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The Art of Thinking Clearly by Rolf Dobelli

This article was inspired by Rolf Dobelli's The Art of Thinking Clearly . If you enjoy this article then consider purchasing or borrowing the book.

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How to Avoid Flawed Thinking

“Eliminate the downside, the thinking errors, and the upside will take care of itself. This is all we need to know.”

Cognitive errors plague even the deepest of thinkers and experts; however, recognizing flawed thinking can help you make better decisions. Thirteen types of erroneous reasoning affect most of us in one way or another. Once you are familiar with these forms of flawed thinking, you will be able to bypass them during daily life.

  1. “Survivorship Bias” – When witnessing the success of others, people often overestimate their chances of duplicating such careers. An aspiring author may see himself or herself as the next J.K. Rowling, but he should also bear in mind that many authors fail.
  2. “Sunk Cost Fallacy” – Even when a project is heading downhill and making a profit off of it is unlikely, it is human nature to stick with this enterprise until it fails. When a project is sure to fail, stop putting money and time into it.
  3. “Swimmers Body Illusion” – If you see a swimmer like Ryan Lochte, you probably wish that you were as good. No matter how hard you train, he was most likely born with genetics that coded for a good swimmer. Everyone has a niche. Find what you are good at.
  4. “Confirmation Bias” – When researching a topic, individuals generally look for the evidence that confirms their personal beliefs. Rather than looking for proof of your worldview, look at the data of opposing parties.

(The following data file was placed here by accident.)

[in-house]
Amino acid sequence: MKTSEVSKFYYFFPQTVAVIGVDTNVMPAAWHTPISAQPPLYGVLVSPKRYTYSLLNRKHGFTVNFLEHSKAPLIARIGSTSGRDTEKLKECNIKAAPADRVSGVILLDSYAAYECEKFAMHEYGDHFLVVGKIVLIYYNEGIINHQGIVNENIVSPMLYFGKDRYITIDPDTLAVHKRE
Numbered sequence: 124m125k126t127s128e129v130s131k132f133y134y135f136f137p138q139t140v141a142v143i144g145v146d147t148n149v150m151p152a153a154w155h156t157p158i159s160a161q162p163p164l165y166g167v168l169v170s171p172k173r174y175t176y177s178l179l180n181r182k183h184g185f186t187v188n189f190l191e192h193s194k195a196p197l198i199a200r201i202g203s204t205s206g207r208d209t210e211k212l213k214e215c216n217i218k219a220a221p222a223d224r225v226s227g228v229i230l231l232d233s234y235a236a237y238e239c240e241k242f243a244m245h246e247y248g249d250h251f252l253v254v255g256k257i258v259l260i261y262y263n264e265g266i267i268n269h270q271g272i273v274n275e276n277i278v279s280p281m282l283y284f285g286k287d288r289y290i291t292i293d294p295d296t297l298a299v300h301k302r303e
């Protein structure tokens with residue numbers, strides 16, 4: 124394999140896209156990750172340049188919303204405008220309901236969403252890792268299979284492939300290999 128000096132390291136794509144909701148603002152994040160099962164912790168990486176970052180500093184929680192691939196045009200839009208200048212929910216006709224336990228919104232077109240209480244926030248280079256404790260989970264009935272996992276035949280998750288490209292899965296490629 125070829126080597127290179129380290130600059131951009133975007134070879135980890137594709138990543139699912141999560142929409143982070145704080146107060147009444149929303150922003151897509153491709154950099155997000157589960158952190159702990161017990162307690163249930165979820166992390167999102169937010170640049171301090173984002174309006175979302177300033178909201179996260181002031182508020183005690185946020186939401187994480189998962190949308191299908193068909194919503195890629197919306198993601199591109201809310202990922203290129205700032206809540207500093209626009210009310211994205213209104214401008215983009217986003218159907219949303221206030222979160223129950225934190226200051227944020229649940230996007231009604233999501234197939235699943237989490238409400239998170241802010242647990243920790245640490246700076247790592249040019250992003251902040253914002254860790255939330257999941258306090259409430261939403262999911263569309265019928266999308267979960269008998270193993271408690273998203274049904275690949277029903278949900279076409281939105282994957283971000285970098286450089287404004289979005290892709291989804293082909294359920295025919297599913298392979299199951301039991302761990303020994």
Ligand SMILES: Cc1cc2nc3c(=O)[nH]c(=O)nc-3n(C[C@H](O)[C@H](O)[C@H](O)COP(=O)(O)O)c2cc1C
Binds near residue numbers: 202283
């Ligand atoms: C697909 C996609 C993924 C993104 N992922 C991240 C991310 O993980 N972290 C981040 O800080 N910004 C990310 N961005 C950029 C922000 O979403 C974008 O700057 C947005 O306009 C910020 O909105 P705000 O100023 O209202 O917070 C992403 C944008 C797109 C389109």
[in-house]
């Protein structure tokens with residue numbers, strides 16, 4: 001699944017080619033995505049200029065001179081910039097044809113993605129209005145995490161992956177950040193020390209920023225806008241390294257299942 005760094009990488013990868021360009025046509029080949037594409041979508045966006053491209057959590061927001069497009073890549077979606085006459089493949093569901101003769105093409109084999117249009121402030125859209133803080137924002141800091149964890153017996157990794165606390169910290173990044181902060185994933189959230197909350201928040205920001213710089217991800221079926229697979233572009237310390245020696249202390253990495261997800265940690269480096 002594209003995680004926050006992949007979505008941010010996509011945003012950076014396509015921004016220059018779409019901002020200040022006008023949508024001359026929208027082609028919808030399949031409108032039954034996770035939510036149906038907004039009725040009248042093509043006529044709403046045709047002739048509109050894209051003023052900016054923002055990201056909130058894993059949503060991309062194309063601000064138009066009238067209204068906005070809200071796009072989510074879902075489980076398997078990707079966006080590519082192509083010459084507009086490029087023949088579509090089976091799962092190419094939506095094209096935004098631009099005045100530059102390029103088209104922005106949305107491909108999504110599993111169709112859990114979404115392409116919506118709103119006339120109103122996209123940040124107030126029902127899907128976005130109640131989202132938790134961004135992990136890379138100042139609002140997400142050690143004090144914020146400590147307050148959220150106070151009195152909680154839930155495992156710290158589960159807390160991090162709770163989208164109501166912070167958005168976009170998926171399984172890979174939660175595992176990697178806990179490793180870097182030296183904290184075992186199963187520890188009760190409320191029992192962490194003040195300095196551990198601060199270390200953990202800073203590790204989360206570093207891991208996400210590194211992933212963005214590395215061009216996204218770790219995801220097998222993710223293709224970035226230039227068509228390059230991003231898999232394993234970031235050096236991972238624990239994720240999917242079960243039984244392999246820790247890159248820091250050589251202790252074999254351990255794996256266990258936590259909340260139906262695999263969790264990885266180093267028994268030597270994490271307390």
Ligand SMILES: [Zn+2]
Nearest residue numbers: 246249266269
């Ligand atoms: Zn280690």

5. “Story Bias” – Narratives convey information to people better than other methods, but when we get caught up in stories, we tend to ignore facts. You can look at Bill Gates and say that he has a great life story, but what did he do to make that story happen. We envy the story but ignore the work it required.
  6. “Overconfidence Effect” – Everyone puts more confidence in their abilities than they should, and they underestimate the time and work needed to succeed. Simply be pessimistic about projects until facts prove them possible.
  7. “Chauffer Knowledge” – Most information people digest daily is second hand. Recognize your limitations and don’t operate outside of your area of expertise.
  8. “Illusion of Control” – None of us really have absolute control over every aspect of our lives. Recognize the areas of life you can control.
  9. “Outcome Bias” – Rather than looking at the results of a decision, observe the process and information that was available when the decision was made.
  10. “Loss Aversion” – The fear of loss often overrides the joy of success. Overcome loss aversion and take risks when necessary.
  11. “Cognitive Dissonance” – When you make a bad decision, don’t justify it. Don’t reason that you made a good choice because you put hard work into it.
  12. “Alternative Blindness” – Limit yourself to specific criteria when making a decision. Too many options are as harmful as too few.
  13. “Déformation Professionnelle” – Rather than trying to solve a problem with the talents you have, look for the right tool for the problem.

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